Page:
Dietary glycemic load and cancer recurrence and survival in patients with stage III colon cancer: findings from CALGB 89803.J Natl Cancer Inst 2012; 104(22):1702-11JNCI
The influence of glycemic load and related measures on survival among colon cancer patients remains largely unknown.
We conducted a prospective, observational study of 1011 stage III colon cancer patients reporting dietary intake during and 6 months after participation in an adjuvant chemotherapy trial. We examined the influence of glycemic load, glycemic index, fructose, and carbohydrate intakes on cancer recurrence and mortality using Cox proportional hazards regression; all tests of statistical significance were two-sided.
Stage III colon cancer patients in the highest quintile of dietary glycemic load experienced an adjusted hazard ratio (HR) for disease-free survival of 1.79 (95% confidence interval [CI] = 1.29 to 2.48), compared with those in the lowest quintile (P (trend) across quintiles <.001). Increased glycemic load was associated with similar detriments in recurrence-free (P (trend) across quintiles <.001) and overall survival (P (trend) across quintiles <.001). These associations differed statistically significant by body mass index (BMI) (P (interaction) =.01). Whereas glycemic load was not associated with disease-free survival in patients with BMI < 25kg/m(2), higher glycemic load was statistically significant associated with worse disease-free survival among overweight or obese participants (BMI ≥ 25kg/m(2); HR = 2.26; 95% CI = 1.53 to 3.32; P (trend) across quintiles <.001). Increasing total carbohydrate intake was similarly associated with inferior disease-free, recurrence-free, and overall survival (P (trend) across quintiles <.001).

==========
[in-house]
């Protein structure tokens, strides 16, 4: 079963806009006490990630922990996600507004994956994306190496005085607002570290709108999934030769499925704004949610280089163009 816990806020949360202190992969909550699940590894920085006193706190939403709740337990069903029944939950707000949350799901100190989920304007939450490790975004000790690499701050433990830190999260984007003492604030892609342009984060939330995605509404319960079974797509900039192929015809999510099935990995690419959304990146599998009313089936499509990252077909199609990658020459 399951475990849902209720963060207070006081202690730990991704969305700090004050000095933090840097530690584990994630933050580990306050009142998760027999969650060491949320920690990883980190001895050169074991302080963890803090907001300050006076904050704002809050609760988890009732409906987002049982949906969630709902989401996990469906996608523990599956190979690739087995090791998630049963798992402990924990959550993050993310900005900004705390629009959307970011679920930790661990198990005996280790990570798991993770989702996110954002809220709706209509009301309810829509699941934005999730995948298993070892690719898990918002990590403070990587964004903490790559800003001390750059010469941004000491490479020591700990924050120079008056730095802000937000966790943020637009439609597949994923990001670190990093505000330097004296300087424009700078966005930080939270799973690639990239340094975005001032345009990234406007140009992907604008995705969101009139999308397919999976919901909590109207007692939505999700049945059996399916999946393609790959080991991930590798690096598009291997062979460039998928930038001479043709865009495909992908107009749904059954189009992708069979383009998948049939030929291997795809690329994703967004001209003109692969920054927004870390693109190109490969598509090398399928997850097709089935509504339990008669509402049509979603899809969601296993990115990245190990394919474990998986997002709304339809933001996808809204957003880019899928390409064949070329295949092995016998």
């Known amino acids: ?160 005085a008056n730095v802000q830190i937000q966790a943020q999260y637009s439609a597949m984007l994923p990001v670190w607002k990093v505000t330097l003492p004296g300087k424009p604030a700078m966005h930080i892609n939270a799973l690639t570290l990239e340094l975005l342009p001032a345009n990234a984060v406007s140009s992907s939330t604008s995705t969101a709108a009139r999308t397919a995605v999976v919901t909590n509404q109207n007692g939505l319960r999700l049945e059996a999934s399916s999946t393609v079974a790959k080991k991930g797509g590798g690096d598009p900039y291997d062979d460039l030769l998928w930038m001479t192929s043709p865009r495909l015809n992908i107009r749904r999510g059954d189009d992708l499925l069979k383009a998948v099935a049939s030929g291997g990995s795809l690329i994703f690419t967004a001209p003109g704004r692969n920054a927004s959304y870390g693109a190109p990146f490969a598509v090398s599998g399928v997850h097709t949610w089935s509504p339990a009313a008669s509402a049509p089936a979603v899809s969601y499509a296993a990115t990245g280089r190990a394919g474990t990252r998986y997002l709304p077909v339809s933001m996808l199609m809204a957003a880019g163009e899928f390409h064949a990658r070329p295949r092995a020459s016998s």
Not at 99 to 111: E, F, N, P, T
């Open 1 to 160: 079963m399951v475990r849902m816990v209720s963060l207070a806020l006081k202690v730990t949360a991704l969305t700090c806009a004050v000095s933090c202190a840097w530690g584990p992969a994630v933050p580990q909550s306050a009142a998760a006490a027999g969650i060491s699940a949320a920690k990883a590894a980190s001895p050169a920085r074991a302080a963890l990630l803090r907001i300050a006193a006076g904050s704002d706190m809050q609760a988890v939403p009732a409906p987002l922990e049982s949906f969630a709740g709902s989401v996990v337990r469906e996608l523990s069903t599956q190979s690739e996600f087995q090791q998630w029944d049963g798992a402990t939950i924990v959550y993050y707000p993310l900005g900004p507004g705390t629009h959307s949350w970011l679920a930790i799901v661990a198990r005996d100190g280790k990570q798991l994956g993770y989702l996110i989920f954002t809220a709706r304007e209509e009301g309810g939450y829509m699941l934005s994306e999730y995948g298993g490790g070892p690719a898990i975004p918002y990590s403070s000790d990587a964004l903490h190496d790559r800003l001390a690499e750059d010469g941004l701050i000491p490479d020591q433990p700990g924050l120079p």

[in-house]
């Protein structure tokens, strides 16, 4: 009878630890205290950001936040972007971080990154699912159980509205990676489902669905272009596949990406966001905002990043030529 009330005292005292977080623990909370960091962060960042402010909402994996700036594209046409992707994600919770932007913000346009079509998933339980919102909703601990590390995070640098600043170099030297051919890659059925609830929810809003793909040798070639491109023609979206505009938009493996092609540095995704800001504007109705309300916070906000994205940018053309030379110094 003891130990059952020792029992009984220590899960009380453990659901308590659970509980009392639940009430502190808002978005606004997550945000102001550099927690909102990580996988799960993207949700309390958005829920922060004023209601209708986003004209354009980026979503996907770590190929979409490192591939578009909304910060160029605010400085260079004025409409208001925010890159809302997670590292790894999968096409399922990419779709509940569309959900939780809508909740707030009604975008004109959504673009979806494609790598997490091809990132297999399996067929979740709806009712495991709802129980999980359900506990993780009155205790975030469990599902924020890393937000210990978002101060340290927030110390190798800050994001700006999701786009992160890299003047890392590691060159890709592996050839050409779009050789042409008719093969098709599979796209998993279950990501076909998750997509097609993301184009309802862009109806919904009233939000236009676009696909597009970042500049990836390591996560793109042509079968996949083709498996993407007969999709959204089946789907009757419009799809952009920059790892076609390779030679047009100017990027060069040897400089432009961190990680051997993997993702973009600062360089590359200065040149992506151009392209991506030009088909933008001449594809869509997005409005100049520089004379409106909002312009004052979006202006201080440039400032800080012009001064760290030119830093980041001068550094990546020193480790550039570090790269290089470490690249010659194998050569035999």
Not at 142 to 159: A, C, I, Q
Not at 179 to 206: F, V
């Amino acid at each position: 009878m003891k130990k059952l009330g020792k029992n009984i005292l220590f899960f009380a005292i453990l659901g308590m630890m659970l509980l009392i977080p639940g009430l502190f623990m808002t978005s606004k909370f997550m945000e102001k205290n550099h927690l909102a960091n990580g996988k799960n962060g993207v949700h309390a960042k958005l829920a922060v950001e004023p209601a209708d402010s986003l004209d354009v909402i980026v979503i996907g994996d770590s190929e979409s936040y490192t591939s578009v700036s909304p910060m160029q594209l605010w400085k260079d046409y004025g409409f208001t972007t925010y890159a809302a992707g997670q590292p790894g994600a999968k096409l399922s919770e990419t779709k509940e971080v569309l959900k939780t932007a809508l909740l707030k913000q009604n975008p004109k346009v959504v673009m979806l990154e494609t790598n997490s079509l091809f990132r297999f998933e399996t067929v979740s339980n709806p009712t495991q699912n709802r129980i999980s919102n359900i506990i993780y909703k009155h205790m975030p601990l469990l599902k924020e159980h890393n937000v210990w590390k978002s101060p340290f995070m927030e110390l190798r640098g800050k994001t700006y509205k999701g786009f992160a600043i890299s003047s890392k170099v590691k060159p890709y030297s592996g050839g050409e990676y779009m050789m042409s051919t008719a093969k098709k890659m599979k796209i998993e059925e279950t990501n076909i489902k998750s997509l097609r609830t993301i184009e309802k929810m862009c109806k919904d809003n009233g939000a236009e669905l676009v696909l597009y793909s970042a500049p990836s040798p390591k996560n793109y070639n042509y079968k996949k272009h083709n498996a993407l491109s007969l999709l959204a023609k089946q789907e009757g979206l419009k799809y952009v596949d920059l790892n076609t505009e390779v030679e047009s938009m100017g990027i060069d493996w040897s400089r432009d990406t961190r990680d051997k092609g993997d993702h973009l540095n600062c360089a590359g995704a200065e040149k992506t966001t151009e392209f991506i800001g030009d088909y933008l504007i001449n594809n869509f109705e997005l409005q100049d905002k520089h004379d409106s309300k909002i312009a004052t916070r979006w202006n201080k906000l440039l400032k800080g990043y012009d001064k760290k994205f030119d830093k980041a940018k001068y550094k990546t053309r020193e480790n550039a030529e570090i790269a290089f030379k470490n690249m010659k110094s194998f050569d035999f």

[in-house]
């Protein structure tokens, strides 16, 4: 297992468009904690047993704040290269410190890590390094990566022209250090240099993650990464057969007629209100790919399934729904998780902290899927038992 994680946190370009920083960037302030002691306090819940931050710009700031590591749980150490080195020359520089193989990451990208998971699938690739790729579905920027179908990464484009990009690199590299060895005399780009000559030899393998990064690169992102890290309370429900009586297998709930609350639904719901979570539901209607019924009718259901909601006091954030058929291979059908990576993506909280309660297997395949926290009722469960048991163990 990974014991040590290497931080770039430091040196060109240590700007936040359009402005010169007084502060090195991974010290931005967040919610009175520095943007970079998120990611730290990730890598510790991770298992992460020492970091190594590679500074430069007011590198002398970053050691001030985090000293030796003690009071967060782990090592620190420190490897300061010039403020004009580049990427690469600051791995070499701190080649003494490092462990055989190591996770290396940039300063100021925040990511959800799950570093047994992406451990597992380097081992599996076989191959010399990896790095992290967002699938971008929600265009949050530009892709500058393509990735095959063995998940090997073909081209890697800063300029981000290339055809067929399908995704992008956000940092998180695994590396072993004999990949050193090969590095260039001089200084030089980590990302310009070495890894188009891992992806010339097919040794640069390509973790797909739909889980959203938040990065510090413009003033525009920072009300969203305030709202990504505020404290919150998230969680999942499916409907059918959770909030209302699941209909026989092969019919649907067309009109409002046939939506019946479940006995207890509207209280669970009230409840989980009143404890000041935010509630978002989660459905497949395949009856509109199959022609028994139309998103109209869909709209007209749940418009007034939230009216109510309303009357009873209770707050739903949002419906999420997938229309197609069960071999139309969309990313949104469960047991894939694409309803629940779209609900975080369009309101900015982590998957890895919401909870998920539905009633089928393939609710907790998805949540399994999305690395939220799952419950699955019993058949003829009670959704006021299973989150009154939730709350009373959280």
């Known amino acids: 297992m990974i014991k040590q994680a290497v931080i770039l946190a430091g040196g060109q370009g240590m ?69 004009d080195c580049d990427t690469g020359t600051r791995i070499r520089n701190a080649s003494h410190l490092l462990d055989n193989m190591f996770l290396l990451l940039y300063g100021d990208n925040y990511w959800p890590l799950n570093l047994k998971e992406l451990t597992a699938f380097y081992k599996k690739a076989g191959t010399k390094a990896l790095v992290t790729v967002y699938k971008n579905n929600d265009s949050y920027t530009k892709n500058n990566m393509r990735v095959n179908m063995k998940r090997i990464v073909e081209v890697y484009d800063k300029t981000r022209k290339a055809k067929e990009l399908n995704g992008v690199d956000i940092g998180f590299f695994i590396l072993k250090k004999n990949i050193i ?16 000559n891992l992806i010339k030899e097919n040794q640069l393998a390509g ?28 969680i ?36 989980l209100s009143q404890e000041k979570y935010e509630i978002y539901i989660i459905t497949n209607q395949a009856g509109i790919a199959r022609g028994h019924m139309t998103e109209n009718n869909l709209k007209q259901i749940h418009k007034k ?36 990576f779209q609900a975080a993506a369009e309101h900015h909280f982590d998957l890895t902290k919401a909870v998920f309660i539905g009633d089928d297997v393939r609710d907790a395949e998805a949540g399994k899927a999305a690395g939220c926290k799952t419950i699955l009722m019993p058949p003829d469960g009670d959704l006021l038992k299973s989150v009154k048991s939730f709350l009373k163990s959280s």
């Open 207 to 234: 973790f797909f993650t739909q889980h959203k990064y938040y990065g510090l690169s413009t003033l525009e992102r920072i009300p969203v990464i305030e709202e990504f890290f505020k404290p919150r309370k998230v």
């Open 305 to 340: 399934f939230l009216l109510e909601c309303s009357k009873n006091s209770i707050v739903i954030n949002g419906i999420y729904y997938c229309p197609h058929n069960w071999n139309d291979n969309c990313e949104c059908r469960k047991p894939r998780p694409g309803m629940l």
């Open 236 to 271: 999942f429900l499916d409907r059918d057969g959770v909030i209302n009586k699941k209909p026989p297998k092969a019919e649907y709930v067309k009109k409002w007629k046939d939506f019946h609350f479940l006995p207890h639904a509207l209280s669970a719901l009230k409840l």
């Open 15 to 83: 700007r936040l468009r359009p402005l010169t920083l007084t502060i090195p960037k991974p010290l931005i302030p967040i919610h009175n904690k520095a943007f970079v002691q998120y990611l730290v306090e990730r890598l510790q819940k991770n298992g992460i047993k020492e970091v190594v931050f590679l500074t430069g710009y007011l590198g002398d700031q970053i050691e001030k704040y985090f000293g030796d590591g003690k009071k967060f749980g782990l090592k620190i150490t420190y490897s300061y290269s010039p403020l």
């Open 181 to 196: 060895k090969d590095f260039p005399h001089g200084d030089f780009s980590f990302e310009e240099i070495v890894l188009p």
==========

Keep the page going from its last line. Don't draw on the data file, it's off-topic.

Higher dietary glycemic load and total carbohydrate intake were statistically significant associated with an increased risk of recurrence and mortality in stage III colon cancer patients. These findings support the role of energy balance factors in colon cancer progression and may offer potential opportunities to improve patient survival.